When a film’s credits list the director as “Alan Smithee” or some equally obvious pseudonym that’s usually a bad omen. Doll Face (not to be confused with the TV show) has an even bigger warning. The opening credits are name tags on various dolls. The one reading “Written & Directed by” is on a crying doll, the name smeared and illegible. The story behind that is probably more interesting than the movie because it’s on a level with Annabellum: The Curse of Salem and Elves.
A young woman by the name of Marmalade (Alix Villaret, The Ghost Beyond, V for Vengeance) is having a meeting with Mr. Finnigan (Steven Paul, Slapstick of Another Kind, Emanon) and Mr.Toboggan (David E. Rezaieh) of the law firm Toboggan, Toboggan, and Toboggan. It seems her grandmother (Yvonne Maverick, Grinder) has left her condo and fortune to her. All she has to do is agree to take care of all of her dolls and sign on the dotted line. And don’t worry about the fine print.
It doesn’t take long before the dolls start turning up in nooses. This means Marmalade has to call The Doll Fixer (Tim Dax, Slaughter Daughter, Catch of the Day 2: You Die at Dawn!) a homeless guy who repairs dolls and who looks as creepy as his name sounds.
Billed as a horror-thriller Doll Face is neither horrific nor thrilling. It’s an absolute mess that has no clue what it wants to be. The opening scene for example is played as a very broad comedy. The lawyers are over-the-top parodies, the kind of shysters you might see in a Three Stooges or Marx Brothers film.
Alix Villaret’s voice is dubbed in, and very obviously so. In a meeting with her therapist Dr. Feverheart (Jeremiah Benjamin, Things 4, The Love Witch) her lips don’t move when she answers him. The rest of the film is the same, there’s no attempt to make it look like she’s speaking. This is distracting, and not in a good way, to say the least.
There’s lots of footage of the doll’s faces at night with unintelligible voices whispering in the background. Stuart Gordon made that work in Dolls. Here it’s just boring and repetitive. Eventually, the plot involves a homicidal, life-size toy soldier and the curse of Spunkneck (Lenny Rosenberg, Nun’s Deadly Confession) an insane doll maker. But any attempt at being scary is counteracted by horrible attempts at humor and intentionally over-the-top acting.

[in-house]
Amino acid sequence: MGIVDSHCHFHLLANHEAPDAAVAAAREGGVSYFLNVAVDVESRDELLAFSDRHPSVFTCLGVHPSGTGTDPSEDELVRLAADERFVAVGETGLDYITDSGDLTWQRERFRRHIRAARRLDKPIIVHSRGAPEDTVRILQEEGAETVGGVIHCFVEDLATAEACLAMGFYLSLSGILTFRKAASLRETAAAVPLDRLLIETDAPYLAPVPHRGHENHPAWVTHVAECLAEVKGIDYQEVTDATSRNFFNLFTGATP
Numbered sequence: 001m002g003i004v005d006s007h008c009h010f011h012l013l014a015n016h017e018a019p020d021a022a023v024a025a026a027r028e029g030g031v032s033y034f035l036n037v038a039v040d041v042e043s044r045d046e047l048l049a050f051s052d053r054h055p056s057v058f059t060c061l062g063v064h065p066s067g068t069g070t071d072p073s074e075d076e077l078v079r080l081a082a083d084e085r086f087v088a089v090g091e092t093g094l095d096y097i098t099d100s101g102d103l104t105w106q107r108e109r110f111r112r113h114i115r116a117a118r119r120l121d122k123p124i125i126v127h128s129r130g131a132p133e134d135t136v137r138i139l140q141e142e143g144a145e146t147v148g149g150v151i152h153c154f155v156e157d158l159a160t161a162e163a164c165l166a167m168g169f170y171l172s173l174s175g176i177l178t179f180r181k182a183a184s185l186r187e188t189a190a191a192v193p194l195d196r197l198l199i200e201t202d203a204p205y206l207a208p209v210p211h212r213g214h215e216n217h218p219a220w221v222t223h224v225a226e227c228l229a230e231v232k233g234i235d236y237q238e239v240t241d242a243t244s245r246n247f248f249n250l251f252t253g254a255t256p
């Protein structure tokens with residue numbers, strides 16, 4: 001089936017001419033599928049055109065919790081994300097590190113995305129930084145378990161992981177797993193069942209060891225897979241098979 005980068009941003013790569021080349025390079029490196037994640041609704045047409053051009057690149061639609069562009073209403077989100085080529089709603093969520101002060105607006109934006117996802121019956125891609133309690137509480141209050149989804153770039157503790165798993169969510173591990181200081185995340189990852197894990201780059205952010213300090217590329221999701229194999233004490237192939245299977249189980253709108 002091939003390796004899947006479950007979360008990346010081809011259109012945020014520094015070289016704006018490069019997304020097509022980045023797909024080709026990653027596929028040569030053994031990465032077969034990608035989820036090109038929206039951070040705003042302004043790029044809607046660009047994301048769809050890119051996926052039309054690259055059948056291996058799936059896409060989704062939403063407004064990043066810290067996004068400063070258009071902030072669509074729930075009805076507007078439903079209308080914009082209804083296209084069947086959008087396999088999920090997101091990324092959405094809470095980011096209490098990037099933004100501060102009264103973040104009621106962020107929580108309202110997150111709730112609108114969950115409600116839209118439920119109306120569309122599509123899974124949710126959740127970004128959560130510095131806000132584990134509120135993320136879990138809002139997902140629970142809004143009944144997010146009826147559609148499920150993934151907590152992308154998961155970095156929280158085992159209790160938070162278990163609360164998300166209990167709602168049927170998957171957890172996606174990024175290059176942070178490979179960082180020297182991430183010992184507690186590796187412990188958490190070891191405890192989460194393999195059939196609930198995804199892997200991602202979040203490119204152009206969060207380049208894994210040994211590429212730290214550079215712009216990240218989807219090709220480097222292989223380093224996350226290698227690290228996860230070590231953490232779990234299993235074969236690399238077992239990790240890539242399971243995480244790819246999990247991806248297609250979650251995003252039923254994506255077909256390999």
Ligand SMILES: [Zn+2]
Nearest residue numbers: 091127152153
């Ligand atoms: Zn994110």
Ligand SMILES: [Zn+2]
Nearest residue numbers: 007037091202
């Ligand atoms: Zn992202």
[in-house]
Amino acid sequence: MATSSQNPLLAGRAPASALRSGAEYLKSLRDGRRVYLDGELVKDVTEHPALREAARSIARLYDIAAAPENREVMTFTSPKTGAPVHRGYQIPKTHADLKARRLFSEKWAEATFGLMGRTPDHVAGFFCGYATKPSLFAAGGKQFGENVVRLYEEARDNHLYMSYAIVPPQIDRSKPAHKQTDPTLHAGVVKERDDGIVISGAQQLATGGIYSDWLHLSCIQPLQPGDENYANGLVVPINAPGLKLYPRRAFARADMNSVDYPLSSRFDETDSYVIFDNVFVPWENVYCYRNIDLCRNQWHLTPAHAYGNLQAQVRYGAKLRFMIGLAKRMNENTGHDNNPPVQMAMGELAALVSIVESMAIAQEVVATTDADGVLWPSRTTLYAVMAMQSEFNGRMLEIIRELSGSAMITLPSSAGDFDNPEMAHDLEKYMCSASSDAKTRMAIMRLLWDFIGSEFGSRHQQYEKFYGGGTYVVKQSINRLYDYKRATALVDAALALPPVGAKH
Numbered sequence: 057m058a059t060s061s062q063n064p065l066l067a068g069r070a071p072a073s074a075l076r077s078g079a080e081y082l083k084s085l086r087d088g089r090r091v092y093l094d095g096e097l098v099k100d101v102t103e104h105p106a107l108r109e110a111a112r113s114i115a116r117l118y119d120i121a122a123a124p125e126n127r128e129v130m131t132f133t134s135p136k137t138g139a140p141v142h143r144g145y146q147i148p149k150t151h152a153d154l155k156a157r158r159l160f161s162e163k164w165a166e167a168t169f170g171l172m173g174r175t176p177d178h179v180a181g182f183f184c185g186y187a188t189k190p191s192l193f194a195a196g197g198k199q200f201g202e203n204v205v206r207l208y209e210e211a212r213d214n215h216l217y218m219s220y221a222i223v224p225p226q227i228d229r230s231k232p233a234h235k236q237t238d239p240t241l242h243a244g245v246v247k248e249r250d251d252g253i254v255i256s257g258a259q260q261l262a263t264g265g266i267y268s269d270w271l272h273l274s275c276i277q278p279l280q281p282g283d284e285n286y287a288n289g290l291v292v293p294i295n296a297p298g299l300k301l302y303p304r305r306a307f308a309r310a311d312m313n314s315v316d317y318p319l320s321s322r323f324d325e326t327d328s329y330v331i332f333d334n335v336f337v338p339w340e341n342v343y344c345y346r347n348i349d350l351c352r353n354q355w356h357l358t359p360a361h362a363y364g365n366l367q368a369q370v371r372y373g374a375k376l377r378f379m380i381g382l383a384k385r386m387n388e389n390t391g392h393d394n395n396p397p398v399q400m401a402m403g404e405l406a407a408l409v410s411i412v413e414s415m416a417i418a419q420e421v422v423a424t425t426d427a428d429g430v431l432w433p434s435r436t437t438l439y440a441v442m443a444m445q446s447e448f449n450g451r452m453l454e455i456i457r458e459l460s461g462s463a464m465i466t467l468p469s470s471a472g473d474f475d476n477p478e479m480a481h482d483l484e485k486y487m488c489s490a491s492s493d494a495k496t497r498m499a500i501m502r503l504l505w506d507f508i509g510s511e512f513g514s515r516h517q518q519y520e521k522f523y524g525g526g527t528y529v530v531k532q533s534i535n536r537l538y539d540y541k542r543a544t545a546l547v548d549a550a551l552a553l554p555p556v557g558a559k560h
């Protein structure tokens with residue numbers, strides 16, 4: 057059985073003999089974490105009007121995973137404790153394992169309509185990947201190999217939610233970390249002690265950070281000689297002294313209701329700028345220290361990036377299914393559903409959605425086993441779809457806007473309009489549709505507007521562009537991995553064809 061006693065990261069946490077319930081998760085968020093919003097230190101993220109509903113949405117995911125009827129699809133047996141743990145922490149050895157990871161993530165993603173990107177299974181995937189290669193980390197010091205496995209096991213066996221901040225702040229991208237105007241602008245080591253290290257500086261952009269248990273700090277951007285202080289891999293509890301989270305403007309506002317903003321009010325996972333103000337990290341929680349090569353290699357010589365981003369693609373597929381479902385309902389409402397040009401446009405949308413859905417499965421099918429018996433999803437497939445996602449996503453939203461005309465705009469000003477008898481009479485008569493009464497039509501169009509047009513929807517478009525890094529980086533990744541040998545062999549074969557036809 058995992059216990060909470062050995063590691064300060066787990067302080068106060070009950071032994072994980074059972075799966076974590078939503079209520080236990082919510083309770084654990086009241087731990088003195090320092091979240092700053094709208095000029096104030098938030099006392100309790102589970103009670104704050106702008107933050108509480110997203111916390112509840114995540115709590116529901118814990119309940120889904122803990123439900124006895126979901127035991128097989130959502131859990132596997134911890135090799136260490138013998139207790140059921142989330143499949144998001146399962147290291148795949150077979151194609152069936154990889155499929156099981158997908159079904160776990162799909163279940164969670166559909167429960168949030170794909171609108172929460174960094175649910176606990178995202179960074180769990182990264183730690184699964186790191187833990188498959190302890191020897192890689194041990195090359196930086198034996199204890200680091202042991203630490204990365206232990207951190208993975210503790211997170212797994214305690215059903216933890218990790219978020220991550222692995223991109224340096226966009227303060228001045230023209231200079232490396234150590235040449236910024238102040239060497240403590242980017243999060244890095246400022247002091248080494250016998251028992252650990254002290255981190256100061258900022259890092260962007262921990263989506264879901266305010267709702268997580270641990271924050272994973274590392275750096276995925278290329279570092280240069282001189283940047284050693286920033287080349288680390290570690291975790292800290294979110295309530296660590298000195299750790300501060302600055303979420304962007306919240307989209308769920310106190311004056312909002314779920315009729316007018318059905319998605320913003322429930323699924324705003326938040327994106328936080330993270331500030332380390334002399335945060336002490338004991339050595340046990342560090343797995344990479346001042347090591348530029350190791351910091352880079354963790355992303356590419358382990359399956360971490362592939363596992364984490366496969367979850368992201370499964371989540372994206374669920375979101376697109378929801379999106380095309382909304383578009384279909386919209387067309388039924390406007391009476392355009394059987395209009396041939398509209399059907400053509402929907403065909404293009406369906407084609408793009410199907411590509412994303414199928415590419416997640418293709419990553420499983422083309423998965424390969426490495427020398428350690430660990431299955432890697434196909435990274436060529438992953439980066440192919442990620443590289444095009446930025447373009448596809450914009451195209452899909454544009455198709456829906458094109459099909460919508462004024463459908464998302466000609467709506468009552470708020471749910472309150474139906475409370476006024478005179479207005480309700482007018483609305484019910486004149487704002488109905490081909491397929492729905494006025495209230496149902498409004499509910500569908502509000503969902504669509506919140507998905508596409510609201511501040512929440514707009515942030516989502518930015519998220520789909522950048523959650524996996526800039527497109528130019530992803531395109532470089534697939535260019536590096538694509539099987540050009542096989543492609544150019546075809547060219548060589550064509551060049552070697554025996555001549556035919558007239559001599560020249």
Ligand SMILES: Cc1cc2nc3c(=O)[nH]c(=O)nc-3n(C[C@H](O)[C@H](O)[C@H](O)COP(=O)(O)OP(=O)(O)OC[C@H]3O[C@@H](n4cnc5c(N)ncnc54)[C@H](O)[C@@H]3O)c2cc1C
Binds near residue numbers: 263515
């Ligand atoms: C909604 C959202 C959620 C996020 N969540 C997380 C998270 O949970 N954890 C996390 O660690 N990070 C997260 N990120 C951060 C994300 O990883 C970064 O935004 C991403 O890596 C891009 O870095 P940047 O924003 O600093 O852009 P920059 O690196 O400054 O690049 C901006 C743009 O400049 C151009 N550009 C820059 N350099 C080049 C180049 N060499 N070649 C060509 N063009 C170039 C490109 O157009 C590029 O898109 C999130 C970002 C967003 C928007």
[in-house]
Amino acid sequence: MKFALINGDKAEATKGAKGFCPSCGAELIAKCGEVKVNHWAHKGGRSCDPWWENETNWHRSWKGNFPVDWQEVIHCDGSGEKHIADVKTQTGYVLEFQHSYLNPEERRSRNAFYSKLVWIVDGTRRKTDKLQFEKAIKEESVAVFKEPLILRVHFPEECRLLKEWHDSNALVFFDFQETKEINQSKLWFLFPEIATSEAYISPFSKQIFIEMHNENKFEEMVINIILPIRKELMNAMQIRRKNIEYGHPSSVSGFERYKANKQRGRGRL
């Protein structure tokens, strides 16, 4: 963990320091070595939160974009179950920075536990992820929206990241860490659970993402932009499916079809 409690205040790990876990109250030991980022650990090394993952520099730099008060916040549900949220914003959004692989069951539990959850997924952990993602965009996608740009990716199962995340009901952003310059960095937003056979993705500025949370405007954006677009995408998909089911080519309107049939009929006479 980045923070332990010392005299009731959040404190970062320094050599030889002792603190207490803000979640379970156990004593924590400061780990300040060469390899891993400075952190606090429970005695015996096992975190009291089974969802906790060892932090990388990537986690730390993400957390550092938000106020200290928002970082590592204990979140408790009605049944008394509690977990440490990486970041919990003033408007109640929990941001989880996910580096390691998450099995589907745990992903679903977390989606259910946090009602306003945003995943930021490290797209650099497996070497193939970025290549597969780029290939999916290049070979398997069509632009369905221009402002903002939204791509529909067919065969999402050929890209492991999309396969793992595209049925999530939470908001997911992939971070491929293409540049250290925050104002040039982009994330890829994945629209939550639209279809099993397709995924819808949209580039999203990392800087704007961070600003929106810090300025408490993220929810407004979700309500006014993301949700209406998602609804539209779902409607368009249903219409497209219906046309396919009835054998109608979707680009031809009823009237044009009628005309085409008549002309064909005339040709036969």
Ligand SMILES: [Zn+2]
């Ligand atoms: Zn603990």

Even worse are Doll Face’s attempts at being titillating. There is a long shower scene and a bath scene, neither of which show more than some leg. Then there’s the scene where a doll crawls under Marmalade’s covers as she sleeps. This is followed by writhing and what looks like moaning although we don’t hear it. That’s right, the one time her mouth is moving we hear nothing.
I will give Doll Face credit for something, it has two of the worst endings I’ve seen this year. There’s the utterly stupid and predictable resolution to the main story. Then the film’s length gets padded out with an absolutely inane coda that seems to be there just to get the film to feature-length.
Whether Doll Face started out as an attempt at fantasy or absurd comedy that got reworked in an attempt to pass as horror or was always this bizarre I don’t know. Certainly, interference by producers and/or distributors would explain the writer/director removing their name from the film. Unfortunately, and unsurprisingly, I couldn’t find anything about this film online to explain what happened either. This is unfortunate because, as I said at the start, I’m sure it’s more interesting than the film itself.
Doll Face is available to stream via SP Distribution. You can check their Facebook page and website for more information.